On Long Ago ("Sur le jadis"), by Pascal Quignard

1 min

On Long Ago ("Sur le jadis"), by Pascal Quignard

In Sur le jadis, Pascal Quignard blends genres to educate the reader via his memories and thoughts on the meaning and value of the past.



© Grasset

A formal explorer

Born in 1948, Pascal Quignard is one of the most prolific French authors. He came to the attention of the literary community in 1969, after the publication of The Stammering Being (“L'Être du balbutiement”), dedicated to historian and journalist Leopold von Sacher-Masoch. The general public discovered him with the publication of The Wurtemberg Salon (“Le Salon du Wurtemberg”) (1986) and The Chambord Stairs (“Les Escaliers de Chambord”) (1989).


Since then, his oeuvre has grown to include novels, essays, treaties and articles, as well as fairytales, artist biographies, performances and screenwriting – to adapt his novel All the World's Mornings (“Tous les matins du monde, 1991) for the screen with Alain Corneau. Also a musician, Pascal Quignard co-founded the Versailles Baroque opera and theatre festival.


In 2002, the author won the Prix Goncourt for The Wandering Shadows (“Les Ombres errantes”), the first volume of Last Kingdom (“Dernier Royaume”), of which Sur le jadis (2002) is the second work.



A reflection on the past

Sur le jadis offers a taste of Pascal Quignard’s rich oeuvre. Dialogues, tales, essays, lists, journals, fragments from novels follow one after the other, alternating between chapters just a few lines long and much longer ones.


Throughout the work the author develops a poetic meditation, punctuated by metaphors and memories, on the meaning of the past. The reader follows Pascal Quignard as he explores the facets of the “jadis”, meaning “long ago”, – a past that exists only in myths and dream.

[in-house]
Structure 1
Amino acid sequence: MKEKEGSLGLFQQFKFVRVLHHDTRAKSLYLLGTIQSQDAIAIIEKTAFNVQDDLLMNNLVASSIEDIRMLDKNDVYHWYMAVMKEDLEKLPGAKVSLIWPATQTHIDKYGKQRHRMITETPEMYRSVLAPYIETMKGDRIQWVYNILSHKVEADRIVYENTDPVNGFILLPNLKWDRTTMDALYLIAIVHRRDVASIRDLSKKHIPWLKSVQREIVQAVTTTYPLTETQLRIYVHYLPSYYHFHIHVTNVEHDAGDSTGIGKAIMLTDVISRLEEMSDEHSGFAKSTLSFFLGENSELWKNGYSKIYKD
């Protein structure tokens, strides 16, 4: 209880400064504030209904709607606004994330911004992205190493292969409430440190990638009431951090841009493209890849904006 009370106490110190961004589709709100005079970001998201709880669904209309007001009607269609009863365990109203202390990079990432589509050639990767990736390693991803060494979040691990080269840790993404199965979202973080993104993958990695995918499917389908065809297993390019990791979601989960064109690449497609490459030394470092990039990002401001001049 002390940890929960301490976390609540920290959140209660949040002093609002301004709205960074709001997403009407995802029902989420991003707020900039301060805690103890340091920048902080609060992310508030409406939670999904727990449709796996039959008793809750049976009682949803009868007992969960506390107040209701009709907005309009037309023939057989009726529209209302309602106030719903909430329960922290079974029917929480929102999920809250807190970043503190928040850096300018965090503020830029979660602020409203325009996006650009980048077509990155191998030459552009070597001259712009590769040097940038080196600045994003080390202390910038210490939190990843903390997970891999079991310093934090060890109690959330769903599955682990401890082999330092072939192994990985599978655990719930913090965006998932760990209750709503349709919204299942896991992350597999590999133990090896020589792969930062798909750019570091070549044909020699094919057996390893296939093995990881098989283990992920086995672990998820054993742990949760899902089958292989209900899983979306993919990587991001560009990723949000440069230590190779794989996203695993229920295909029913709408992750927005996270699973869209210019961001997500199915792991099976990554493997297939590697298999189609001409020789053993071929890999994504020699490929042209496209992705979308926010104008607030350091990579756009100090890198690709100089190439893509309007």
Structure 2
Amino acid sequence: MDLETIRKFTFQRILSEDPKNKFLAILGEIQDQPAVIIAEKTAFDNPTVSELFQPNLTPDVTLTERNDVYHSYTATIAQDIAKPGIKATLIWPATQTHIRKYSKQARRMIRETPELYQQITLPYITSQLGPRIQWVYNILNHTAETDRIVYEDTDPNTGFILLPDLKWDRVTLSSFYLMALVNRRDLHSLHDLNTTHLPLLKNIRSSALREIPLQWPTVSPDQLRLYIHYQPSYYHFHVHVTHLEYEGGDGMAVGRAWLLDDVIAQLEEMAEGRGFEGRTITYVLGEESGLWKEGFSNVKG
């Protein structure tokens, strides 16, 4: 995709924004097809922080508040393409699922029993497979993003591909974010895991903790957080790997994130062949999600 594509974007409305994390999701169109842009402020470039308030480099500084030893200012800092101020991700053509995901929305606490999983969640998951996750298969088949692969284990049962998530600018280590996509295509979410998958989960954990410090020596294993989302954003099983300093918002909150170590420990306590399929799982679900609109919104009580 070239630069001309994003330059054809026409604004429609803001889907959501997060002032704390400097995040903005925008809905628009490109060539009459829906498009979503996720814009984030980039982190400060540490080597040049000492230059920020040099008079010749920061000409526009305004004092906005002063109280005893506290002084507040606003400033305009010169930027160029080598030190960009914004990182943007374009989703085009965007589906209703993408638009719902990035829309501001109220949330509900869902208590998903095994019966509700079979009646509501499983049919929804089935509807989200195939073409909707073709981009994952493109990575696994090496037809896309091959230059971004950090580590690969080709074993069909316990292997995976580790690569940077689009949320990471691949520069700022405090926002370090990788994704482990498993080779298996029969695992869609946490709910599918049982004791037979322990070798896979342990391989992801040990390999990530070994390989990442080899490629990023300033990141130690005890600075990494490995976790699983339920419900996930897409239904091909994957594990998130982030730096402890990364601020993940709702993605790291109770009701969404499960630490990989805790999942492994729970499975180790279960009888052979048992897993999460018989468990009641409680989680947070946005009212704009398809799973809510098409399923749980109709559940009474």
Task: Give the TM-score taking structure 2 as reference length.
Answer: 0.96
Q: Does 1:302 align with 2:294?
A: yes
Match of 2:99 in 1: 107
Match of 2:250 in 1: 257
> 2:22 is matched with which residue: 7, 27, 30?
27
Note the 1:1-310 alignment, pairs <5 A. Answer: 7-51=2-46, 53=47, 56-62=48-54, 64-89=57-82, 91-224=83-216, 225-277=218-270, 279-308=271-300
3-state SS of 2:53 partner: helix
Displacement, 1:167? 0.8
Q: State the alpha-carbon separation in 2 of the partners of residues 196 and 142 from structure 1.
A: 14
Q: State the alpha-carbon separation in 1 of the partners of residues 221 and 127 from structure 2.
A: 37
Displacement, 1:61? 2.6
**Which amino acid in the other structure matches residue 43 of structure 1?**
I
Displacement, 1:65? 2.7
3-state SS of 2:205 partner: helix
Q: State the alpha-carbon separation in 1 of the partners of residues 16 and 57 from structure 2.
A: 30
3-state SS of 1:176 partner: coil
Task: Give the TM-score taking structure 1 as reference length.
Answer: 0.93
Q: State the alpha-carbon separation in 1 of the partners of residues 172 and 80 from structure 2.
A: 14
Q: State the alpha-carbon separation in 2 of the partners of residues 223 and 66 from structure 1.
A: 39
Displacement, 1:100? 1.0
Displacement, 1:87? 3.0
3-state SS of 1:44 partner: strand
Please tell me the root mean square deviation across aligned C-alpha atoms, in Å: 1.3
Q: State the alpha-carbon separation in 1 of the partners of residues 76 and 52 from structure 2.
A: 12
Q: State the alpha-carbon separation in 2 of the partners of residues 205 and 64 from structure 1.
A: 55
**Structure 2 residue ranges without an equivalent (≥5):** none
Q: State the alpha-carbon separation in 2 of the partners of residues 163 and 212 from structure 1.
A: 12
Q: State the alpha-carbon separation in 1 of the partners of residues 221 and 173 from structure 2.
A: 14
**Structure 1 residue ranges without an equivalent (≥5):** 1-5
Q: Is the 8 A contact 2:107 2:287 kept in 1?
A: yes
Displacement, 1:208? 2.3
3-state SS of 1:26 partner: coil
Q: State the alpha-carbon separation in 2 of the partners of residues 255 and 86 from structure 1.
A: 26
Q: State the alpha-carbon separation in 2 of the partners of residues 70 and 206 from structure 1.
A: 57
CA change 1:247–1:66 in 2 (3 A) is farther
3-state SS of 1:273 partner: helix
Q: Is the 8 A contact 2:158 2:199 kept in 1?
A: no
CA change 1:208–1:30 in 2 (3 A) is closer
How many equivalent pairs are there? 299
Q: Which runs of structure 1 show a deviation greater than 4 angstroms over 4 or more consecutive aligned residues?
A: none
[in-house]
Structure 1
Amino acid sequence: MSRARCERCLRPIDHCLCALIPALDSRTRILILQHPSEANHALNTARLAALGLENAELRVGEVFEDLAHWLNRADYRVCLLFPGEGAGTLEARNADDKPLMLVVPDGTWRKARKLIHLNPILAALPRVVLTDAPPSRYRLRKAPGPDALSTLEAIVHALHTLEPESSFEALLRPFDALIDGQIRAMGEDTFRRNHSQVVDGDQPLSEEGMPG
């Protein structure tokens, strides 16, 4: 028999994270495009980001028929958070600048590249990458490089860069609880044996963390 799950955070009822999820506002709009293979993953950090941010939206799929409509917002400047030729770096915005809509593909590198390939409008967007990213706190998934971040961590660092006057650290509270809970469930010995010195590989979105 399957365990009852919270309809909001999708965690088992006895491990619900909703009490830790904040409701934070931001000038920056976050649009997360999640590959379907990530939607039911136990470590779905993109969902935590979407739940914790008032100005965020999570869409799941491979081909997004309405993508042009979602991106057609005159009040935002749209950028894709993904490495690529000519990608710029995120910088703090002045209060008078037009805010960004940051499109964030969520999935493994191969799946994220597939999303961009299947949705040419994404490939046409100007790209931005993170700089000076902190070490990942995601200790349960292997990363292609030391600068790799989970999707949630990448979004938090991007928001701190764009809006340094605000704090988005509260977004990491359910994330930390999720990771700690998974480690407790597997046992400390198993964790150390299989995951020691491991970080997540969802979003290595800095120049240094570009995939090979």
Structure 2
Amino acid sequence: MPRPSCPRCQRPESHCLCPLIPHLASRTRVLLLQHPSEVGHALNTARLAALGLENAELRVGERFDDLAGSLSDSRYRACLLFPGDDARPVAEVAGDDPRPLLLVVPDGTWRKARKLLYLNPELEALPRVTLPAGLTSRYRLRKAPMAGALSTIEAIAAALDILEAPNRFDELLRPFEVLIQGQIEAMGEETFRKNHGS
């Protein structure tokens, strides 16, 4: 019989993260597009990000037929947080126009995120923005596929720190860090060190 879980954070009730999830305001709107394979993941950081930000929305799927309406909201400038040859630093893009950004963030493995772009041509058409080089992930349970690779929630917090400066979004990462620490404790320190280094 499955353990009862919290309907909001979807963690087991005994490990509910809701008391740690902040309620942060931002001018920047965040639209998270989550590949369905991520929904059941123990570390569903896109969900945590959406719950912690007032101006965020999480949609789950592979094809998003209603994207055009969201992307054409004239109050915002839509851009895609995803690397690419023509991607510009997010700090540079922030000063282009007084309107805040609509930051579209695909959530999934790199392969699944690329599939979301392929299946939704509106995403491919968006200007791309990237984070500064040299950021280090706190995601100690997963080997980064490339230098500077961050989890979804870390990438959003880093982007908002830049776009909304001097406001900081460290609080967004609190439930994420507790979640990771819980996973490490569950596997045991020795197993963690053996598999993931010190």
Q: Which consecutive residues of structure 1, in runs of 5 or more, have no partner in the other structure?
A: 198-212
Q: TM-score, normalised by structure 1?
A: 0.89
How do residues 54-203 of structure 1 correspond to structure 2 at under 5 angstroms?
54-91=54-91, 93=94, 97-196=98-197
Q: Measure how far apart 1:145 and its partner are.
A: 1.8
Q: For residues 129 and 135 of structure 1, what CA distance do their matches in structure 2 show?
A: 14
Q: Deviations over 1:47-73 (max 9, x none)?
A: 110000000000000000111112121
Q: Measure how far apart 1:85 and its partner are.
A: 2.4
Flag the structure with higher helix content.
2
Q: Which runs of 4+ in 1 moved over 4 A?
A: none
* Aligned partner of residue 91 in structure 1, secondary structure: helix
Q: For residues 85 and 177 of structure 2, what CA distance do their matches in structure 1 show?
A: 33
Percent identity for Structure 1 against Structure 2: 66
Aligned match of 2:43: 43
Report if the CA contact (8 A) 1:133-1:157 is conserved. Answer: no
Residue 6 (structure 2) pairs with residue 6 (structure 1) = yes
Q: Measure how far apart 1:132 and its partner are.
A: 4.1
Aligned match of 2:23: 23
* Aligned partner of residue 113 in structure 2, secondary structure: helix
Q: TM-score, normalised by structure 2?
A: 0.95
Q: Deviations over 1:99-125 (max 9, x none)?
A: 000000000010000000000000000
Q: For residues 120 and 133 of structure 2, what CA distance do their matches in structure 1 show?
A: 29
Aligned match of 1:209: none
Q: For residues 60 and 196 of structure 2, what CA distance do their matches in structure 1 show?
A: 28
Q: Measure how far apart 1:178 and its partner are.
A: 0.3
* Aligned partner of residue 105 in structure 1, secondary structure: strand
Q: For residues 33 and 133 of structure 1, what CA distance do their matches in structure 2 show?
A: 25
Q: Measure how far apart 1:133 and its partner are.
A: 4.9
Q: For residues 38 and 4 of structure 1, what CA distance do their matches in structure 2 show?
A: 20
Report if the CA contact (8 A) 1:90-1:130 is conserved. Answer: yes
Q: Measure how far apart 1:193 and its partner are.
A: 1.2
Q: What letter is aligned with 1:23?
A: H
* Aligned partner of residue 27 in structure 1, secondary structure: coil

The second volume of 9

Sur le jadis is the second of the nine tomes that make up the Dernier Royaume to date. The work is in the footsteps of Petits Traités, written between 1977 and 1980, where the author breaks with the tradition of the novel and where, as he himself says, "all genres have fallen".


Speaking of the entire work, Pascal Quignard declares that “it is a little attempt to think about everything”, in which he explores three major axes, in all their depth and breadth –fragments, temporality and identity – to produce a global vision without judgement.


Translations all aver the world

Sur le jadis was translated into Korean in 2010, then into Japanese and German in 2016 – the German daily Die Welt describing Pascal Quignard as the author who "makes contemporary French literature interesting again" upon receiving his Goncourt Prize in 2002.


All the world’s mornings has been translated into more than 30 languages, across five continents.

The Institut français and the project

Sur le jadis has been translated, with the support of the Institut français, into Japanese and Spanish.


Through its translation support programmes, the Institut français participates in the global dissemination of French-language literature.